2) Community – Stanford’s commitment to social activism and contributing to one’s community is unquestionable. If possible, try to have at least one community service story, or at least some kind of community angle.

3) People – At the end of the day, regardless of what you chose as “What Matters Most“, the most effective essays of this kind are often about people – interacting with people, caring about people, making an impact on others.

Stanford “What Matters To Me” Supplement (50 followers benchmark)

I am afflicted with the curse of caring. I was born with it - the unfortunate combination of curiosity and sensitivity that leads to knowing too much and caring about even more. I have long come to terms with my disposition, but it makes answering this question difficult. To state what matters to me is to cram the whole world onto a list; the equivalent of asking me to find a way to pour my heart out, my entire being, and fit it into a measly little vial.

My family matters to me. My band matters to me. My council matters to me. Starving kids in Africa, stray dogs, people who don’t have shoes. Writing, learning, teaching, school, the inky black of 4 a.m. My nail polish collection, TV shows, gay rights, floral dresses, history, politics, and my mom’s atonal singing in the kitchen. Repealing No Child Left Behind, reforming the terrible education system in Nevada, the heavy scent of moth-eaten libraries, Harry Potter, and changing the world. My heart is scattered amongst a million little causes, amongst thousands of people. I care with reckless abandon because that is the only way I know how.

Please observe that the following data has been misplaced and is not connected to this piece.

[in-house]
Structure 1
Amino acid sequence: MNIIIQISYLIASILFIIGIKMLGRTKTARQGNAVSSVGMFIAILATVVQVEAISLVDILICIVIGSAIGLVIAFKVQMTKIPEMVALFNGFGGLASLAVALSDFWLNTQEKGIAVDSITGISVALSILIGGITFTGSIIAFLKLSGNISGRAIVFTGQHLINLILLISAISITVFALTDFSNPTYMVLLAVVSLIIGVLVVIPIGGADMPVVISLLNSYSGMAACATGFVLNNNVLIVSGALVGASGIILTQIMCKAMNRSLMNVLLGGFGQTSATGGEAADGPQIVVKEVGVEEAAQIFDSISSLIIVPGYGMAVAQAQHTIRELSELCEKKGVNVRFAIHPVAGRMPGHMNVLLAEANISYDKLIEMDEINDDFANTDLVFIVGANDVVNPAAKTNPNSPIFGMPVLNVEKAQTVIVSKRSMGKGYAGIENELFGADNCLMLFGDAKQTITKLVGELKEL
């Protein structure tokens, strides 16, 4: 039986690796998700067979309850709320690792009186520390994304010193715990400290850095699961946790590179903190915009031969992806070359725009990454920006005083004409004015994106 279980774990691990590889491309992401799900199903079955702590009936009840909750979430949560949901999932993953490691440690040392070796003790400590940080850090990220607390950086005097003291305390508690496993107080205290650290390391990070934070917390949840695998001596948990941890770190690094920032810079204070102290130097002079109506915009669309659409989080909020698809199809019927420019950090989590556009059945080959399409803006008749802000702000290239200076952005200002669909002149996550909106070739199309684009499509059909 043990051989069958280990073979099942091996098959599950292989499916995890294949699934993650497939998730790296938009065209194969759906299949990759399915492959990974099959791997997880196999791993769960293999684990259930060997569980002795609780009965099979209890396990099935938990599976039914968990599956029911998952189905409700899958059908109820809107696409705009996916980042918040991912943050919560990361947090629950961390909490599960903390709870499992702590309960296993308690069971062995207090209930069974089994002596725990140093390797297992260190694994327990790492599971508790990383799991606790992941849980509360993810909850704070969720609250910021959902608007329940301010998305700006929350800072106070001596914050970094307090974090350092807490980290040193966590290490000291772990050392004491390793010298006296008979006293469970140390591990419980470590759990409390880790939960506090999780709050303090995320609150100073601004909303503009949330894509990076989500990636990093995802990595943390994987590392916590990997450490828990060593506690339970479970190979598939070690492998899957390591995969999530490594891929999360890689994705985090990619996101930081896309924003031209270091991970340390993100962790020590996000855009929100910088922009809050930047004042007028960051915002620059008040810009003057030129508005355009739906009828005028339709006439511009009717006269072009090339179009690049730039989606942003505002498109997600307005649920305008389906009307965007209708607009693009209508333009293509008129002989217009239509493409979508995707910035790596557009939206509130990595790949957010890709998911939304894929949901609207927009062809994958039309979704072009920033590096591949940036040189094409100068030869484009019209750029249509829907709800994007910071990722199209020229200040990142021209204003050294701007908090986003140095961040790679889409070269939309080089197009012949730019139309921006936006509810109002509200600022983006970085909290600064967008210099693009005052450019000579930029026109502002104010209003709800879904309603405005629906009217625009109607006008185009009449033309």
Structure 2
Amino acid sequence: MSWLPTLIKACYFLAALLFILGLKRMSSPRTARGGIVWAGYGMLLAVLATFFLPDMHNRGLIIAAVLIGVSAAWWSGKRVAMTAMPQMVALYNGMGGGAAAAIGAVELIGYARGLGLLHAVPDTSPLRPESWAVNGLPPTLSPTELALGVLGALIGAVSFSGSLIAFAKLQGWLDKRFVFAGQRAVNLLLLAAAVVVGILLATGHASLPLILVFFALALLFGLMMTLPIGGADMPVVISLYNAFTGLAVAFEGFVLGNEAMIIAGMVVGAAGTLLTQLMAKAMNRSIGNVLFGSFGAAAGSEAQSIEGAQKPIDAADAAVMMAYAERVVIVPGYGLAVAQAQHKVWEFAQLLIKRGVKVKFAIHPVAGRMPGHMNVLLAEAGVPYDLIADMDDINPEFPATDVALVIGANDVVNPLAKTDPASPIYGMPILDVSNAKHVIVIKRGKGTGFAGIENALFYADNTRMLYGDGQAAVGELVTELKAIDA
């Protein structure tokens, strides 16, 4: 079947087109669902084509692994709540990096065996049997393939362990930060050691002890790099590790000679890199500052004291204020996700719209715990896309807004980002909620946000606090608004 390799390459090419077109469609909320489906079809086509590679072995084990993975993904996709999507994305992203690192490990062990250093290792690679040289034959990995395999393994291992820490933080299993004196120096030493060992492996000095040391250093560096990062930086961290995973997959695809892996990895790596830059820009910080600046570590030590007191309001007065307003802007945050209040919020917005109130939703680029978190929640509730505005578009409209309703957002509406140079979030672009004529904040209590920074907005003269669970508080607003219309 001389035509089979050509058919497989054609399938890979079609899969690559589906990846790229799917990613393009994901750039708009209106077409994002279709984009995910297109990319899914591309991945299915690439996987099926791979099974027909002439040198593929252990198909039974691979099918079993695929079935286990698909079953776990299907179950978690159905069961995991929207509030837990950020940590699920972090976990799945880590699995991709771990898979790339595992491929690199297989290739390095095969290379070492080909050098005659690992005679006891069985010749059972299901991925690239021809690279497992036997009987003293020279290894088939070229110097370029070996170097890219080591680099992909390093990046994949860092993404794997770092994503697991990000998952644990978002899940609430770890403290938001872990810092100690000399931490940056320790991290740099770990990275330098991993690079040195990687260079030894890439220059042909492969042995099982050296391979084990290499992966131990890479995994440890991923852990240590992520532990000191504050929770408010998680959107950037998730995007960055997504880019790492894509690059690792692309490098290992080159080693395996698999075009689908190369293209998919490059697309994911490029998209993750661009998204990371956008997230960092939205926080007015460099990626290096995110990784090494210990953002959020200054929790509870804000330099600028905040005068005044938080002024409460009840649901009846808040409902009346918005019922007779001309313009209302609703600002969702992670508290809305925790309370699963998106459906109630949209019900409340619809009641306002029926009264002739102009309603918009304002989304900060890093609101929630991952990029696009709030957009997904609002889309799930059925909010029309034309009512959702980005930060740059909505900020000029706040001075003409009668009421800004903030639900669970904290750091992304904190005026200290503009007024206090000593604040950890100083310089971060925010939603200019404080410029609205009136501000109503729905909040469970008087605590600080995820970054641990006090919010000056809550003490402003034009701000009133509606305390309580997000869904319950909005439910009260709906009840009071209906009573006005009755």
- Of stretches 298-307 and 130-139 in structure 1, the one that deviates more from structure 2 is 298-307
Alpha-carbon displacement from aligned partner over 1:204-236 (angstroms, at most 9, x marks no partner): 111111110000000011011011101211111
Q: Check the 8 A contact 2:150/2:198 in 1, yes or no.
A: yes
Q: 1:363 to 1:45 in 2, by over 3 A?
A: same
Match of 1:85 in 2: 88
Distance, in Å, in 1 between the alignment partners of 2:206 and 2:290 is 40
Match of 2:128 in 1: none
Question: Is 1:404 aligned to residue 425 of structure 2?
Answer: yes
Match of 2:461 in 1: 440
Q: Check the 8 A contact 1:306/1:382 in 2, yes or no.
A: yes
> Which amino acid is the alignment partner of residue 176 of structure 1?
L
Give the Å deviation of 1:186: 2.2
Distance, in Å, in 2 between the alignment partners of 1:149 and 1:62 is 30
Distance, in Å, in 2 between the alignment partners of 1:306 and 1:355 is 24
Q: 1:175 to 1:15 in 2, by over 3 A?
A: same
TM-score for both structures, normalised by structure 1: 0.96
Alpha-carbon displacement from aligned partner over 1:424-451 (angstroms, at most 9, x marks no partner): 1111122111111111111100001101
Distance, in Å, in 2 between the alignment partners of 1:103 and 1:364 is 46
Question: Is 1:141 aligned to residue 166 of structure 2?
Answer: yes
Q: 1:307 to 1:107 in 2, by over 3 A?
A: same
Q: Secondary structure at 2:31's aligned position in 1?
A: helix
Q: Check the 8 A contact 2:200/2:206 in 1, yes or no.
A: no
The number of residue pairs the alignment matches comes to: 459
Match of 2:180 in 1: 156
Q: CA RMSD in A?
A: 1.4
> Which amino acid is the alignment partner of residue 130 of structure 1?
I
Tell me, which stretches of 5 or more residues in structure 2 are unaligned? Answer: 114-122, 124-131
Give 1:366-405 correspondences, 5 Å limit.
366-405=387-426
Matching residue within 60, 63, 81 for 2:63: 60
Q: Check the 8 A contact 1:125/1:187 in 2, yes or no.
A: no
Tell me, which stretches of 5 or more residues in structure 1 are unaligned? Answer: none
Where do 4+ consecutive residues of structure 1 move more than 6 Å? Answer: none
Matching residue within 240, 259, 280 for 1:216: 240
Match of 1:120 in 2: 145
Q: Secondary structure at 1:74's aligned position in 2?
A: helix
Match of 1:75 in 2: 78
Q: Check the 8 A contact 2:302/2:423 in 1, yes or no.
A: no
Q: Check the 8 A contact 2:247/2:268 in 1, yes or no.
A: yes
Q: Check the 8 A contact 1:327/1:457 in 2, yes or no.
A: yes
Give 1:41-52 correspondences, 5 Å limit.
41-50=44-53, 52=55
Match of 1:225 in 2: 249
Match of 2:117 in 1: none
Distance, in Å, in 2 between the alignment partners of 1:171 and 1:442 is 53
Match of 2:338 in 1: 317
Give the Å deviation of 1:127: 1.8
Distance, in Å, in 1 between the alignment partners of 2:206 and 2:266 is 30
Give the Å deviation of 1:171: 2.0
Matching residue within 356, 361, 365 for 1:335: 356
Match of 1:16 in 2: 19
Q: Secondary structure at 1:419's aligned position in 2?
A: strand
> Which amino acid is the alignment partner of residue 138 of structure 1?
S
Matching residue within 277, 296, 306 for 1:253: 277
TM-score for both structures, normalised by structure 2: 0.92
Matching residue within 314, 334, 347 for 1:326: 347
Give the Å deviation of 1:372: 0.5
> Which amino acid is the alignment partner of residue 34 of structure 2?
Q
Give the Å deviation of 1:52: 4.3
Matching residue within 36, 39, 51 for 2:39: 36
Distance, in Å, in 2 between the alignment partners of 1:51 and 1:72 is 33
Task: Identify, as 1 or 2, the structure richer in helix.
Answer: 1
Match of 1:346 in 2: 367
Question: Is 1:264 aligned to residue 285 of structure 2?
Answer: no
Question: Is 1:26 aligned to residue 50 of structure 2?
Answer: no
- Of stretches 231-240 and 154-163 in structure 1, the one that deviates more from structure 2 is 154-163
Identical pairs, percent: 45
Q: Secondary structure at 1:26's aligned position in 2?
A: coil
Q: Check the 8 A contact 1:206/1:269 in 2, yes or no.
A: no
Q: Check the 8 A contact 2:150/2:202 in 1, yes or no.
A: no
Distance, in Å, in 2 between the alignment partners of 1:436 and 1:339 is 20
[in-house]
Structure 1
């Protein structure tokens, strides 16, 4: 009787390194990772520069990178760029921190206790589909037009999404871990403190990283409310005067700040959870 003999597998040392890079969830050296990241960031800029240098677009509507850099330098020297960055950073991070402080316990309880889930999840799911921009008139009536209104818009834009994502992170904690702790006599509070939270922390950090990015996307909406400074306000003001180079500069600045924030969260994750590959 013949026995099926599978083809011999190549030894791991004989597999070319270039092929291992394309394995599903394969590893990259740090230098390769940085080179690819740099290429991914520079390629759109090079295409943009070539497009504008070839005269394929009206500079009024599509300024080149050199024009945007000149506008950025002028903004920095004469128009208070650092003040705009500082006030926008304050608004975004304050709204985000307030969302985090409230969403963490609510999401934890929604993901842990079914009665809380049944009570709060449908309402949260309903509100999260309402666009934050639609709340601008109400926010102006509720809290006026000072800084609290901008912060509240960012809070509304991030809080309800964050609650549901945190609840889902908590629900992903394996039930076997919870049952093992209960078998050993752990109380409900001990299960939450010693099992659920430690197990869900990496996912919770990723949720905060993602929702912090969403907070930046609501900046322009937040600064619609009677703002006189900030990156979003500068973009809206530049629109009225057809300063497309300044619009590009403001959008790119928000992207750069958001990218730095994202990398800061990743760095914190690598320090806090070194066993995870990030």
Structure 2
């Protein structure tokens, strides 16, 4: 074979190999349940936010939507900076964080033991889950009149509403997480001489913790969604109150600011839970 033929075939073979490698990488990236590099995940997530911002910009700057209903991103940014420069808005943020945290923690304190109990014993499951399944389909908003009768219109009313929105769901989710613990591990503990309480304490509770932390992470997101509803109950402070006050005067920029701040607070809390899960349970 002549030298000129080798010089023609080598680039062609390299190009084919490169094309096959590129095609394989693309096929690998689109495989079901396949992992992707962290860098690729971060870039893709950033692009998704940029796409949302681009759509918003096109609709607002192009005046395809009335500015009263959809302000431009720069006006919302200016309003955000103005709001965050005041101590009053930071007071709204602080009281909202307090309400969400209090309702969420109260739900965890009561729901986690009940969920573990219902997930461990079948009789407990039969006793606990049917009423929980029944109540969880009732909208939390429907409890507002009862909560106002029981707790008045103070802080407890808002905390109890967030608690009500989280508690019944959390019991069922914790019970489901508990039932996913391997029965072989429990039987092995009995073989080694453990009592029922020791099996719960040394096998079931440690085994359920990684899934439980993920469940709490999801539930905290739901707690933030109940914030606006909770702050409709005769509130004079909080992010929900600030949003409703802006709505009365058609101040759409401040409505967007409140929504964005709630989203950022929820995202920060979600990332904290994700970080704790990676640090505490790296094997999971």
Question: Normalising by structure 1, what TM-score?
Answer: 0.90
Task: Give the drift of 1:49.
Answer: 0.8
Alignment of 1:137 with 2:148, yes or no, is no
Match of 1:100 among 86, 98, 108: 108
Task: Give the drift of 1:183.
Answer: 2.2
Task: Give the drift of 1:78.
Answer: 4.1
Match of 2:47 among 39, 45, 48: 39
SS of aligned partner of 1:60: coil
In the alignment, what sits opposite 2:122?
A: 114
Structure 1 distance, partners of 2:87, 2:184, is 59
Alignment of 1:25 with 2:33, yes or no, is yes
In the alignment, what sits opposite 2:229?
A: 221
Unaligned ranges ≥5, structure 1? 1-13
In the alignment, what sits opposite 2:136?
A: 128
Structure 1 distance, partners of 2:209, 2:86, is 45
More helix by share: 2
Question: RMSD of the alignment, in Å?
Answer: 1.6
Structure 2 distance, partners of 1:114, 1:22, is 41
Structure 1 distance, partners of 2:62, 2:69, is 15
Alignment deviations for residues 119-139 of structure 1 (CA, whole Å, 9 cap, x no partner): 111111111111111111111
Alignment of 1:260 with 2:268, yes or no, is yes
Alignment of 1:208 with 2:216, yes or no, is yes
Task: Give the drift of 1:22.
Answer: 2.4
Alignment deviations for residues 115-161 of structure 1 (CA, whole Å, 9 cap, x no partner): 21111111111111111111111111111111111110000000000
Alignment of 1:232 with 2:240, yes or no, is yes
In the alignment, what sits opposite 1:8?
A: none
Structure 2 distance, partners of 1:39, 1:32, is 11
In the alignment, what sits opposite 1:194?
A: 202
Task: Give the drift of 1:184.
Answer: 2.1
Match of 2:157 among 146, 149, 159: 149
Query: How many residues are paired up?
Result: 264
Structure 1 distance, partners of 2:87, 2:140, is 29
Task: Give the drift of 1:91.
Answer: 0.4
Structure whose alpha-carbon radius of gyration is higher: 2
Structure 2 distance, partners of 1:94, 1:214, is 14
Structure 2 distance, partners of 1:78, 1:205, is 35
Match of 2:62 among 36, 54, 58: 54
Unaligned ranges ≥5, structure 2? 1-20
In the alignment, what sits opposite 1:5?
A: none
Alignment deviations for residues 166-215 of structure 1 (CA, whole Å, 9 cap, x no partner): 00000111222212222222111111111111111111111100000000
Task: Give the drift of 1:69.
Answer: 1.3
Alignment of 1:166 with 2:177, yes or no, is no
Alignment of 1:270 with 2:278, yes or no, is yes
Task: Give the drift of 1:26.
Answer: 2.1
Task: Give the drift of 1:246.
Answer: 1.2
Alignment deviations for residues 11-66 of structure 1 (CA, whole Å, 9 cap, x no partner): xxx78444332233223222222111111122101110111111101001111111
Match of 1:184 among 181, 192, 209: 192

I love too fiercely, dedicate myself too fully, and speak too passionately. I feel deeply about many things, and at times, it leaves me wrung out and exhausted. I am the product of my surroundings: the good, the bad, the shallow, the deep, and everything in between. All these little things have to matter to me because they shape my life; they are tied up in the fibers of who I am and who I am still becoming, from bottles of nail polish to governmental reform.